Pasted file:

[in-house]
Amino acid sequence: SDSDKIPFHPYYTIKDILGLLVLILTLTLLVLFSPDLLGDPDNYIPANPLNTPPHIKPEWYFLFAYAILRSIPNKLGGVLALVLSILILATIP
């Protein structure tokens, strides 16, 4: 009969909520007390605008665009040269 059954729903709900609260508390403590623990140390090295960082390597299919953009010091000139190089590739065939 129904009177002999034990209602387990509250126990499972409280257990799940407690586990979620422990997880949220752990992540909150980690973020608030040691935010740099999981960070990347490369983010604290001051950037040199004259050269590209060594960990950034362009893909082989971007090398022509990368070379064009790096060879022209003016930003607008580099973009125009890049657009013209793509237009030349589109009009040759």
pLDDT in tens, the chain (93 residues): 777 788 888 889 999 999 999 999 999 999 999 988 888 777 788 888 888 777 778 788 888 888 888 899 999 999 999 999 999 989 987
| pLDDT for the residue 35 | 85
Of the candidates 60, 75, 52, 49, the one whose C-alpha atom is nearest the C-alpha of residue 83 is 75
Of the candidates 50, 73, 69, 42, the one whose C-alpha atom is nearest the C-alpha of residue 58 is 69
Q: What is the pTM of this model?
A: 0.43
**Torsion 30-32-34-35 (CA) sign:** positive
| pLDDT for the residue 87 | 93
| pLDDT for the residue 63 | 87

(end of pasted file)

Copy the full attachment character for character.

[in-house]
Amino acid sequence: SDSDKIPFHPYYTIKDILGLLVLILTLTLLVLFSPDLLGDPDNYIPANPLNTPPHIKPEWYFLFAYAILRSIPNKLGGVLALVLSILILATIP
């Protein structure tokens, strides 16, 4: 009969909520007390605008665009040269 059954729903709900609260508390403590623990140390090295960082390597299919953009010091000139190089590739065939 129904009177002999034990209602387990509250126990499972409280257990799940407690586990979620422990997880949220752990992540909150980690973020608030040691935010740099999981960070990347490369983010604290001051950037040199004259050269590209060594960990950034362009893909082989971007090398022509990368070379064009790096060879022209003016930003607008580099973009125009890049657009013209793509237009030349589109009009040759």
pLDDT in tens, the chain (93 residues): 777 788 888 889 999 999 999 999 999 999 999 988 888 777 788 888 888 777 778 788 888 888 888 899 999 999 999 999 999 989 987
| pLDDT for the residue 35 | 85
Of the candidates 60, 75, 52, 49, the one whose C-alpha atom is nearest the C-alpha of residue 83 is 75
Of the candidates 50, 73, 69, 42, the one whose C-alpha atom is nearest the C-alpha of residue 58 is 69
Q: What is the pTM of this model?
A: 0.43
**Torsion 30-32-34-35 (CA) sign:** positive
| pLDDT for the residue 87 | 93
| pLDDT for the residue 63 | 87